Zuckerberg's Facebook changes threaten conservative speech on social media

Facebook founder and CEO Mark Zuckerberg testified before Congress Tuesday that he will make big changes to Facebook to prevent user data from being improperly used in the future — but his testimony also raised an ominous threat for conservatives seeking to exercise their free speech rights.

The threat was raised by Zuckerberg’s pledge to battle “fake news” and “hate speech” — terms that have long been used by the left to silence conservatives and supporters of free speech. That’s because “hate speech” to some on the left is another term for “conservative speech.”

“Facebook is an idealistic and optimistic company,” Zuckerberg told the Senate Judiciary and Commerce Committees. “For most of our existence, we focused on all the good that connecting people can bring. … But it’s clear now that we didn’t do enough to prevent these tools from being used for harm as well. That goes for fake news, foreign interference in elections, and hate speech, as well as developers and data privacy.”

Zuckerberg told the committees that his team will root out people who are using Facebook to “spread misinformation” and to ensure Facebook’s tools are “used for good” — including the March for Our Lives anti-gun movement.

“It’s not enough to just connect people, we have to make sure those connections are positive,” Zuckerberg said. “It’s not enough to just give people a voice, we have to make sure people aren’t using it to hurt people or spread misinformation.… Across the board, we have a responsibility to not just build tools, but to make sure those tools are used for good.”

Zuckerberg’s promise to end “hate speech” and his longstanding support for left-wing candidates doesn’t offer much comfort to those of us who support individual liberty and are regularly accused of being “racist,” “sexist” and “homophobic.”

Zuckerberg’s promise to silence “hate speech” and those who spread misinformation — as well as to avoid hurting people — sounds like a mission that all Americans, including conservatives, can get behind. After all, everyone agrees Facebook ought to have the right to prevent white supremacists, neo-Nazis, violent users and Islamic terrorists from using its platform to promote evil.

But what about Diamond and Silk — two pro-President Trump political commentators with millions of social media followers? They were recently informed by Facebook that their videos — which regularly appear on popular conservative media outlets, including the Fox News Channel — are “unsafe to the community.” That’s a patently absurd position Facebook now says its “reconsidering” after receiving immense media backlash.

Or consider Facebook’s treatment of Austin Peterson, a Republican Senate candidate in Missouri. He was banned from Facebook for 30 days in September for promoting his campaign’s AR-15 gun giveaway.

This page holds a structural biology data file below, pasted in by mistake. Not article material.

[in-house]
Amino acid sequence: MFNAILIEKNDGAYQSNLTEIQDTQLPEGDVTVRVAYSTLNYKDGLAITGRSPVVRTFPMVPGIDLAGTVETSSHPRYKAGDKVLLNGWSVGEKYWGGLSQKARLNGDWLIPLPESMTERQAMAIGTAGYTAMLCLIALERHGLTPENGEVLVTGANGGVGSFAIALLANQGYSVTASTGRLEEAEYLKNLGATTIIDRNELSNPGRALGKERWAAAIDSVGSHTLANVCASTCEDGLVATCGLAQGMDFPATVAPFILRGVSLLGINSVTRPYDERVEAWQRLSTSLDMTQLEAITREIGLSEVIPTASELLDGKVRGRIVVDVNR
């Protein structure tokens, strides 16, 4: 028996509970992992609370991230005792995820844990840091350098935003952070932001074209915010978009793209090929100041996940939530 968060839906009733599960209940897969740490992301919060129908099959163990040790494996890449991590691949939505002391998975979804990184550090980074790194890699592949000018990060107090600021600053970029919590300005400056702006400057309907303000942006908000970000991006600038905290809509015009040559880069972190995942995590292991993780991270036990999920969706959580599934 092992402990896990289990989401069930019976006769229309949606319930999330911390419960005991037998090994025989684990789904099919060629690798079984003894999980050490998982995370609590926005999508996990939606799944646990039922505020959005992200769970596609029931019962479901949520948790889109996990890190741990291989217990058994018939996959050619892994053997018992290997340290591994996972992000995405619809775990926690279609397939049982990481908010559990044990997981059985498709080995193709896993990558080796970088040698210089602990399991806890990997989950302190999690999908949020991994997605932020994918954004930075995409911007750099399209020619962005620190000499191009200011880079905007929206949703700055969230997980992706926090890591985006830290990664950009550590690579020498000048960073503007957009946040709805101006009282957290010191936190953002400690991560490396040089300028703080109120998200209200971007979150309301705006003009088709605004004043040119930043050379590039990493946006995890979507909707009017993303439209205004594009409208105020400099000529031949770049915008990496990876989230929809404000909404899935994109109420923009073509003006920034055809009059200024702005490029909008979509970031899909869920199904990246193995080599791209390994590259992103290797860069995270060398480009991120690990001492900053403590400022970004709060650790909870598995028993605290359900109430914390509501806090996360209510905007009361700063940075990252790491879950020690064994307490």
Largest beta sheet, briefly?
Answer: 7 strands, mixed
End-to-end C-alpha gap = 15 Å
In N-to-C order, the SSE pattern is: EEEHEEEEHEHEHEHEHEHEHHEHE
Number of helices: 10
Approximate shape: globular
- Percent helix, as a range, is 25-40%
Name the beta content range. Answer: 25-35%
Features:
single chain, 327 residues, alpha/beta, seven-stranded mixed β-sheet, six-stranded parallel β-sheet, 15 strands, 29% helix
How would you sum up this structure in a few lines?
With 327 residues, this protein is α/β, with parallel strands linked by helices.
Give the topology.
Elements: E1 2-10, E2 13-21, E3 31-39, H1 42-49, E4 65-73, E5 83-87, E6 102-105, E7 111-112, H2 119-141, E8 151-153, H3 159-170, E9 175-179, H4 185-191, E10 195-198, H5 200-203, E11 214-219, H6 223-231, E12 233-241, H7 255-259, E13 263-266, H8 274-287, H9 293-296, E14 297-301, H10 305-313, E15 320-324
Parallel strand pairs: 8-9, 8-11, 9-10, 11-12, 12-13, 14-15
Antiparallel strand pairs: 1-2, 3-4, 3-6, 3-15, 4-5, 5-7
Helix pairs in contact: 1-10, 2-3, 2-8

When questioned by Republican Sens. Ted Cruz of Texas and Ben Sasse of Nebraska about the possibility of Facebook silencing free speech, Zuckerberg initially assured the senators that his goal is to allow users to have open political discourse.

But when pressed by Sasse to explain the definition of “hate speech” — which Zuckerberg says his company bans and will do more to ban in the future — the Facebook CEO timidly responded: “I think this is a really hard question, and I think it’s one of the reasons why we struggle with it.”

Zuckerberg’s promise to end “hate speech” and his longstanding support for left-wing candidates doesn’t offer much comfort to those of us who support individual liberty and are regularly accused of being “racist,” “sexist” and “homophobic.”

Facebook, Twitter and other social media powerhouses are private companies, which means they don’t have to abide by the First Amendment the way a government entity must. These giants are becoming the gatekeepers of public discourse, and there’s little interest in Silicon Valley in protecting conservatives’ rights.

The Senate hearing where Zuckerberg testified was predominantly about how Facebook plans to protect user data and prevent foreign nations from using the platform to interfere in elections. On those questions, Zuckerberg outlined several important, reasonable steps the company is taking to protect its users. These include verifying the identities of all those who publish political ads on Facebook and making it easier for users to opt out of Facebook’s various data agreements.

However, a decade into the future, I doubt anyone will remember this week’s hearings as a milestone for social media users’ privacy rights.

But we may look back at this moment as the beginning of the end of conservative speech on major social media platforms, when one of the most influential people in the world announced his commitment to stop users from hurting people and making the community feel “unsafe.”

Whatever that means — and after hours of testimony, we still don’t know — it’s very likely to spell censorship for conservatives. The ultimate result may be a loss of the ability of conservatives to speak freely about their views in what has become an enormous global public square, where 2.2 billion Facebook users look for news and opinion and are entitled to a free flow of ideas.